You can’t attribute that shift to any one event; it was the cumulative effect of Pyongyang reneging on deal after deal, testing nuke after nuke, its attacks on South Korea, and its refusal to take Barack Obama’s outstretched hand. By 2013, it was clear that congressional staff of both parties were interested in ways to exert more pressure. Then came the U.N. Commission of Inquiry Report in 2014, the work of the U.N.’s long-absent liberal conscience. To many conservatives, the report confirmed what they’d long believed, but the report’s impact on liberals who dominate human rights NGOs would be difficult to overstate. After that, some liberal groups added their substantial organizational savvy to lobbying for passage of the NKSPEA. By the time North Korea conducted its fifth nuclear test in 2016, both the House and the Senate were ready to pass it.
From the perspective of most Americans, North Korea is deeply unpopular and we shouldn’t be supporting it economically. From the perspective of most Korea watchers of all tribal affiliations, Kaesong was a closed enclave, disconnected from broader North Korean society that delivered no visible dividends of peace, reform, or openness.
5. South Koreans have turned away from Sunshine
Throughout his presidency, Barack Obama was personally popular while his foreign policy was generally unpopular — throughout his second term, it usually polled between 10 and 20 points underwater. Park Geun-hye typically found herself in the opposite situation. Although her overall approval rating was seldom over 50 percent, her North Korea policy was popular until the final weeks of her presidency.
In fact, it’s likely that Park’s tough-minded North Korea policy was the one issue that buoyed her poll numbers at all for the latter years of her presidency. Her hard-nosed handling of the first Kaesong shutdown, which lasted from April to October of 2013, was popular with voters. In August 2015, shortly after Park “resolved” the land mine crisis with what amounted to an agreement to fight another day, her popularity soared 15 points to 49 percent, her highest rating since the 2014 Sewol Ferry disaster. Not until late September, when the scandal that destroyed her presidency first hit the headlines, did popular support for Park’s North Korea policy fall below 50 percent in a Gallup Korea poll. Even then —
As to whether North Korea is a partner with which dialogue and compromise is possible, 30.5 percent made positive replies, up from 28.7 percent last year. The share of respondents who said they felt threatened by North Korea’s nuclear weapons also fell from 84 percent to 79.5 percent. [Korea Times]
That was the first time public approval of Park’s North Korea policy fell below 50 percent since she took office in early 2013. In the same poll, Park’s personal approval rating was 31 percent. Yet support for reopening Kaesong fell to just 47 percent, and support for resuming Mt. Kumgang tours was almost exactly 50 percent. If Park fatigue affected those numbers, the long-term popularity of Sunshine may be even lower. And of course, if either side of the debate were to gain a credible standard-bearer, the numbers could move a few points up or down.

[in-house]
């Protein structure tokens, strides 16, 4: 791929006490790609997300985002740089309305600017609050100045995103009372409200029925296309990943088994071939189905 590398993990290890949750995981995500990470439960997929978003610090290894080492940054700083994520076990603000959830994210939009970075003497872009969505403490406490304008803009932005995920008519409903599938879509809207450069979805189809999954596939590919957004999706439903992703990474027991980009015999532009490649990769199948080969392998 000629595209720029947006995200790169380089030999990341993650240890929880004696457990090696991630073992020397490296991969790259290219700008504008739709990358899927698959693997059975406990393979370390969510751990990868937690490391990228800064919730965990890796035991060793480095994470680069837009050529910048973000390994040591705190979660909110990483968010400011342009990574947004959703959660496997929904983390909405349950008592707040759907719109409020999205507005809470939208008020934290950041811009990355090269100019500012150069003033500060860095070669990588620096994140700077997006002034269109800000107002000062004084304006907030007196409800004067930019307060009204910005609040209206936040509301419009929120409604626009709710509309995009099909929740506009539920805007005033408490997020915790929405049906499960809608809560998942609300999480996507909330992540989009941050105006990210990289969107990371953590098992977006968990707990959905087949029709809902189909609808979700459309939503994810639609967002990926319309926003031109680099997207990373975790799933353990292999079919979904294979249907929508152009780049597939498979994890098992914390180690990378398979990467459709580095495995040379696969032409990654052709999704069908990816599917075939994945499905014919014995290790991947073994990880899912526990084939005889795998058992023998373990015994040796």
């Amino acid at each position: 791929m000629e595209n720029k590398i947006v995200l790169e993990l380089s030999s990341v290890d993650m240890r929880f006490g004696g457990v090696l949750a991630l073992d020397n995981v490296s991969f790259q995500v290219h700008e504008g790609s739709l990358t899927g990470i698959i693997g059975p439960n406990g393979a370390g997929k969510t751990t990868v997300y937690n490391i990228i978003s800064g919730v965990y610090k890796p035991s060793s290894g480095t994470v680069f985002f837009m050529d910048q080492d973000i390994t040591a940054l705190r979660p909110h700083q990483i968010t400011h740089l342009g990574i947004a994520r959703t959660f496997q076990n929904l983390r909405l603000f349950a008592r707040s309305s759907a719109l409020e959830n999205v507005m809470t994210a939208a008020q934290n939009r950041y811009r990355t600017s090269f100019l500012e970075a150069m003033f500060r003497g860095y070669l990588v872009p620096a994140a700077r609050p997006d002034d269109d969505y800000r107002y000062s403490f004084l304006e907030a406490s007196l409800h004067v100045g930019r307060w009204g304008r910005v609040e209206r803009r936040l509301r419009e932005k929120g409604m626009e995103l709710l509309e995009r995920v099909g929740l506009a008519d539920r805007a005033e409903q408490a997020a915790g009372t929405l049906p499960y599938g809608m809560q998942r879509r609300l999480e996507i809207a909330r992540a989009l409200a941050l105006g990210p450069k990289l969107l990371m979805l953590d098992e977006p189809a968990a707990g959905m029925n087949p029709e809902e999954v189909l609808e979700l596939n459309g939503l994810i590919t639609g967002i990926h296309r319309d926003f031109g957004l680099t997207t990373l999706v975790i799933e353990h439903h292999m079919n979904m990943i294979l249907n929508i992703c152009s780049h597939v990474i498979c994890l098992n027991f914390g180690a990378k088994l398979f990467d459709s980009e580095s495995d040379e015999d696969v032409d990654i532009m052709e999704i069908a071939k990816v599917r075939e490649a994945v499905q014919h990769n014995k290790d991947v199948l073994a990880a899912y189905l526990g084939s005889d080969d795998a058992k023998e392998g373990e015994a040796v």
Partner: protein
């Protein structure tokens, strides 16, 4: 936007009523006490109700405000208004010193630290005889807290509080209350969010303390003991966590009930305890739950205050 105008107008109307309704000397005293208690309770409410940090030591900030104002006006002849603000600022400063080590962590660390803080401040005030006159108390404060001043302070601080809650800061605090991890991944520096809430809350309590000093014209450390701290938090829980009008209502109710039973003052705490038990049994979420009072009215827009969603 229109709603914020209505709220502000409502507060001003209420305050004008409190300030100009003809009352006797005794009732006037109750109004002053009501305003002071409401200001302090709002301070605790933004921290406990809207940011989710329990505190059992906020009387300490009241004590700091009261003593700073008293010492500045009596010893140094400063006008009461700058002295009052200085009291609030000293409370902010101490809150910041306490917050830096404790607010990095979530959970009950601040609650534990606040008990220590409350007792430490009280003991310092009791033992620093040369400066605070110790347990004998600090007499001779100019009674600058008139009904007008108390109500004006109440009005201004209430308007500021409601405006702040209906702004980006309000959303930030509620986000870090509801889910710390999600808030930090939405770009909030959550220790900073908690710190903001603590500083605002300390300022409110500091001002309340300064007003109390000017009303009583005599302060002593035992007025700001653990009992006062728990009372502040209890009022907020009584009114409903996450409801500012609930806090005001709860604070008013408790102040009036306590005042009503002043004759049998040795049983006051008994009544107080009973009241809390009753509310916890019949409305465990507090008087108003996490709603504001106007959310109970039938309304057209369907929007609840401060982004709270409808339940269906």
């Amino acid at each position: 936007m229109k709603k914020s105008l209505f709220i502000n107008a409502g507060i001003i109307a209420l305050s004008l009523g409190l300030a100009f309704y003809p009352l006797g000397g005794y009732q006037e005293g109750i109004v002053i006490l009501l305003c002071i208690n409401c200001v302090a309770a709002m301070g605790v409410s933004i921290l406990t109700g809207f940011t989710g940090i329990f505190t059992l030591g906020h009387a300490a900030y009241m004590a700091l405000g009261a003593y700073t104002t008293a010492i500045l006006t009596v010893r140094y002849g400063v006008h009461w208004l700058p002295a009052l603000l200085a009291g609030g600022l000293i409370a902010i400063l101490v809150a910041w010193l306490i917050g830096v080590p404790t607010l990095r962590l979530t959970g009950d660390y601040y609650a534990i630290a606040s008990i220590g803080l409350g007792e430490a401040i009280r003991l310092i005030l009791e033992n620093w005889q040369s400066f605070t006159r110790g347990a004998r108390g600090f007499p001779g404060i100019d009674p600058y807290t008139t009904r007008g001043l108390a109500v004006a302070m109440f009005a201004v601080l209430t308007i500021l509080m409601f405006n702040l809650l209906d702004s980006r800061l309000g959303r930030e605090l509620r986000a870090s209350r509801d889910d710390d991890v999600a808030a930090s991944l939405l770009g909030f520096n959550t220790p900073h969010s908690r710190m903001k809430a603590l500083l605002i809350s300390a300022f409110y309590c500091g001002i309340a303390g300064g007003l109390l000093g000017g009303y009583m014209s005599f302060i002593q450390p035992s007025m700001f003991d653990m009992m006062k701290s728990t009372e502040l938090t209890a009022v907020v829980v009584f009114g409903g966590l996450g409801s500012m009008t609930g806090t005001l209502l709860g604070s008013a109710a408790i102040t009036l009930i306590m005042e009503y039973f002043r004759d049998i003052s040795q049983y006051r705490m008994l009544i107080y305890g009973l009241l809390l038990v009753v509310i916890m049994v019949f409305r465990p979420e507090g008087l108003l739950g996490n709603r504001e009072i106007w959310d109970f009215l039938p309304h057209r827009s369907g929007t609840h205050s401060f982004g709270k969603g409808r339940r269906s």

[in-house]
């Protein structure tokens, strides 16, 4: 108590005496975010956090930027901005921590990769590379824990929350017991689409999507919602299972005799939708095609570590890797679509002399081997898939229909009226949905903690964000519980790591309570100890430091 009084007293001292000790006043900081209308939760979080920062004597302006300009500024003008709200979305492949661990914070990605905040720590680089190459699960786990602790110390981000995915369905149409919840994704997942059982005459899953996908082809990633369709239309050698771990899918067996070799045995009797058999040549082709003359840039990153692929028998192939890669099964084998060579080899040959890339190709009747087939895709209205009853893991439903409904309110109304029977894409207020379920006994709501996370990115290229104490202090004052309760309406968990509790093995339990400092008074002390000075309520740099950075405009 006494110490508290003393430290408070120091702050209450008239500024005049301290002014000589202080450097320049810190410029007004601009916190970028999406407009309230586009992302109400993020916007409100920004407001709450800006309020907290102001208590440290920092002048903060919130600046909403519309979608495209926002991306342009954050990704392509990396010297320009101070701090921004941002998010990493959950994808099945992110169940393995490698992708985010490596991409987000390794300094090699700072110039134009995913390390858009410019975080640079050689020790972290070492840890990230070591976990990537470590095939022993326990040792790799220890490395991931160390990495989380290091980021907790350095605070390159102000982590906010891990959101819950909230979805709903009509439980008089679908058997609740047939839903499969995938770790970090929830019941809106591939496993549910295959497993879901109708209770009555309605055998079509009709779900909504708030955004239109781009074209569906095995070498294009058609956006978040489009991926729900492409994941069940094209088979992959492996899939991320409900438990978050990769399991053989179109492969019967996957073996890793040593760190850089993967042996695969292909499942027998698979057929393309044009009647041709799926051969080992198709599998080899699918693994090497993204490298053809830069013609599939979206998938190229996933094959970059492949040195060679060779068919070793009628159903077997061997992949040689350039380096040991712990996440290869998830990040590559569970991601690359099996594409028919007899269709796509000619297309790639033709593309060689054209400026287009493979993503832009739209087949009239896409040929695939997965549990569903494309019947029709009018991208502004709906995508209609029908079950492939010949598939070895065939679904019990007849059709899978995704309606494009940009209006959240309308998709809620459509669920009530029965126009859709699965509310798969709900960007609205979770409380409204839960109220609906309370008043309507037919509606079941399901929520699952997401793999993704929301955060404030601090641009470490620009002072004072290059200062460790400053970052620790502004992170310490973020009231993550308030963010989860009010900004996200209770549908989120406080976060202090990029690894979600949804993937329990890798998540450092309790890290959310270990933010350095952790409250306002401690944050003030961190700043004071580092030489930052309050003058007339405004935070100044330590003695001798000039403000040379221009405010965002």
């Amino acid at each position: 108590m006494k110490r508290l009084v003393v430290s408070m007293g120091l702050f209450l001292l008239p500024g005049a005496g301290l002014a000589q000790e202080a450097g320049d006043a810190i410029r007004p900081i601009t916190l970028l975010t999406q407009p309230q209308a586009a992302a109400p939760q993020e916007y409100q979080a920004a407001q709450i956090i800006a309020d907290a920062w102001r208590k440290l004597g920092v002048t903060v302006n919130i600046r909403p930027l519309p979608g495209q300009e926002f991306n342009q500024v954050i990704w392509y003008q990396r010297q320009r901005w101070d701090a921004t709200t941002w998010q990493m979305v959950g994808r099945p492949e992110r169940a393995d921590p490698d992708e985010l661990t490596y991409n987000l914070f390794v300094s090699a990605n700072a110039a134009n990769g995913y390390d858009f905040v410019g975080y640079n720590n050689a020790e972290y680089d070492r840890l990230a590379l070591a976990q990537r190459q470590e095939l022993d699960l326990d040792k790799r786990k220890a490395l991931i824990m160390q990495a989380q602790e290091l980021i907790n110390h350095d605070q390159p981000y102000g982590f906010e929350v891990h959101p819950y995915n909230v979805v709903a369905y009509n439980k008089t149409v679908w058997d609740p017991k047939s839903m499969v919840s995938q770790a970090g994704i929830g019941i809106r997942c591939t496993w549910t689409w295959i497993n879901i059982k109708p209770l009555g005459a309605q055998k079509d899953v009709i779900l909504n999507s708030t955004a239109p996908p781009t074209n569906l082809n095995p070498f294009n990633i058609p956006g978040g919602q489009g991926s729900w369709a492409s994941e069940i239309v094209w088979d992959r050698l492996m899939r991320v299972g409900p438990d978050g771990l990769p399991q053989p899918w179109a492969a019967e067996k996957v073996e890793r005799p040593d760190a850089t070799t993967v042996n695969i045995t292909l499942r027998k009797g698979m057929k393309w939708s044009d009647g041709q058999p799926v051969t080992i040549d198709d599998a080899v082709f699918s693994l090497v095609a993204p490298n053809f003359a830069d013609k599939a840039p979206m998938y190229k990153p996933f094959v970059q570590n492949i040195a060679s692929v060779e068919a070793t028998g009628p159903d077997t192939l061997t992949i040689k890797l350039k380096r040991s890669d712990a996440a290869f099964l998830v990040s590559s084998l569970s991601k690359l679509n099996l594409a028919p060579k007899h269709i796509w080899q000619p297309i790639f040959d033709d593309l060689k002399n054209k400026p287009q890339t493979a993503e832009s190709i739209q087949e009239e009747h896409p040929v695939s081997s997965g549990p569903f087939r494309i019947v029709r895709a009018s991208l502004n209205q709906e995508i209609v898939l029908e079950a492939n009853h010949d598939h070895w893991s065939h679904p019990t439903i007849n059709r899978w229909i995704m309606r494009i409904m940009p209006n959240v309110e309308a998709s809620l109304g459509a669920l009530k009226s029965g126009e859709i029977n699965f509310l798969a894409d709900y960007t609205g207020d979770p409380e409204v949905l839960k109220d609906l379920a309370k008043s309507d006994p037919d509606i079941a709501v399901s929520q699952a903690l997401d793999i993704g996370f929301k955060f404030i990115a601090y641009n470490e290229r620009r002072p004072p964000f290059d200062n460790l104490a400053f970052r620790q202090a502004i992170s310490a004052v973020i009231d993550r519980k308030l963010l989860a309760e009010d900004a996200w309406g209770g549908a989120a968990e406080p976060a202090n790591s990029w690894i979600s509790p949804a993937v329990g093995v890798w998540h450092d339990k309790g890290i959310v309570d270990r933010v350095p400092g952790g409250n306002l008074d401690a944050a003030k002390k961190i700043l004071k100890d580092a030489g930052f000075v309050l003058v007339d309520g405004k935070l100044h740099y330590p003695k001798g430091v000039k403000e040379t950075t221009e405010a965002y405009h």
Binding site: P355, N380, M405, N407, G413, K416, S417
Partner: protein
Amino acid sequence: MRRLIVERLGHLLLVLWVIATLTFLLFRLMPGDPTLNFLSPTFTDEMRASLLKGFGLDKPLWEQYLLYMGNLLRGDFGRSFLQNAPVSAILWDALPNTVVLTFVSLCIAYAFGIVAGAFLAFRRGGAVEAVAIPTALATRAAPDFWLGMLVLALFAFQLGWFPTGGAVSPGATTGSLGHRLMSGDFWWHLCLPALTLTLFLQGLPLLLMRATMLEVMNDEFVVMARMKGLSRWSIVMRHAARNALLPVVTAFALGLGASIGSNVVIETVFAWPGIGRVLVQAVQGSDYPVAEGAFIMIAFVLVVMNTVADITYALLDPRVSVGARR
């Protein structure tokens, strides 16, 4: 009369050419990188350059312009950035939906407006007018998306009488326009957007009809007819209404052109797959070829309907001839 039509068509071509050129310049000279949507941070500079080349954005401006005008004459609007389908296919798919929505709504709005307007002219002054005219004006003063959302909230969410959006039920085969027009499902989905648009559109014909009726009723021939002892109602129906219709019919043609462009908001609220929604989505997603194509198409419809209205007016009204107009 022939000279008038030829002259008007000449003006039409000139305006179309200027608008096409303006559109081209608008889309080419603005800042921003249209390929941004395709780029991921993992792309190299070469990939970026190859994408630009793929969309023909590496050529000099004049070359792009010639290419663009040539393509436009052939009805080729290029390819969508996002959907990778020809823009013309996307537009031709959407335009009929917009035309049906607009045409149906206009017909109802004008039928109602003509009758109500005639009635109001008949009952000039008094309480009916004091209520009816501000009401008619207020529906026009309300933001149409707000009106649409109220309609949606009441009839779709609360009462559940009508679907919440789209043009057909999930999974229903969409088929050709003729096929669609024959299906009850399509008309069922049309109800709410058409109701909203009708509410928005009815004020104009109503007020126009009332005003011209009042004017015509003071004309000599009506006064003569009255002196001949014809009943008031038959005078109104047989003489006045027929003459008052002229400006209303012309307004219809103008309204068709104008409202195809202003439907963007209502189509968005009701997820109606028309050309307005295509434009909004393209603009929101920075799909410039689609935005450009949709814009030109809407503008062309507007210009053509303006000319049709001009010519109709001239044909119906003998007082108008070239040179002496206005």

Those numbers are consistent with data showing a long-term trend away from sympathetic, ethno-nationalist views of North Korea, toward a grouchy, introspective don’t-tread-on-me nationalism. In other words, this isn’t 2002 anymore. At best, the political gain to be had from proposing a new Sunshine Policy is a wash. It may become a net negative if North Korea launches a major provocation soon (spoiler: it will). And if the Trump administration makes clear that South Korea has to pick a side — ours — Koreans may not view Sunshine as a good bet in uncertain times.
Of course, South Koreans have mood swings, just like Americans. Some of them just want things to go back to what they’ve been for the last 20 years. To them, North Korea has been a quiet crisis for decades. Why, from their perspective, can’t it just go on as a quiet crisis? Why shake things up instead of letting things go on as they always have? Why not buy their silence for just a little longer? I understand that sentiment, but good luck buying Kim Jong-un’s silence when he’s nuked up and poised to achieve the hegemony that was the lifelong ambition of his father and grandfather. Pyongyang has never allowed things to go on quietly for long, and when North Korea has provoked recently, South Koreans have increasingly demanded military retaliation. And of course, Kim Jong-un will soon pose a direct nuclear threat to the United States, which changes everything.
6. Donald J. Trump
The other day, I predicted that if the left wins Korea’s next presidential election, it would be on a collision course with Donald Trump over North Korea policy. It’s still too early to predict exactly what Trump’s policy will be, but does this look like a soft-line, pro-engagement cabinet to you? Yeah, me neither. As I’ve said before, Trump’s voters want a tough guy, and Trump wants to be admired by his voters. That’s why I’ve always been more worried that Trump would go kinetic than that he’d sell out to the North Koreans. And if North Korea gets to the point of reaching the U.S. with an ICBM or submarine-launched missile, no South Korean president is going to get a veto on his response to that. Past U.S. presidents have been surprisingly deferential to Seoul’s policy preferences. Don’t expect that to continue if Kim Jong-un can range the U.S. with a nuke.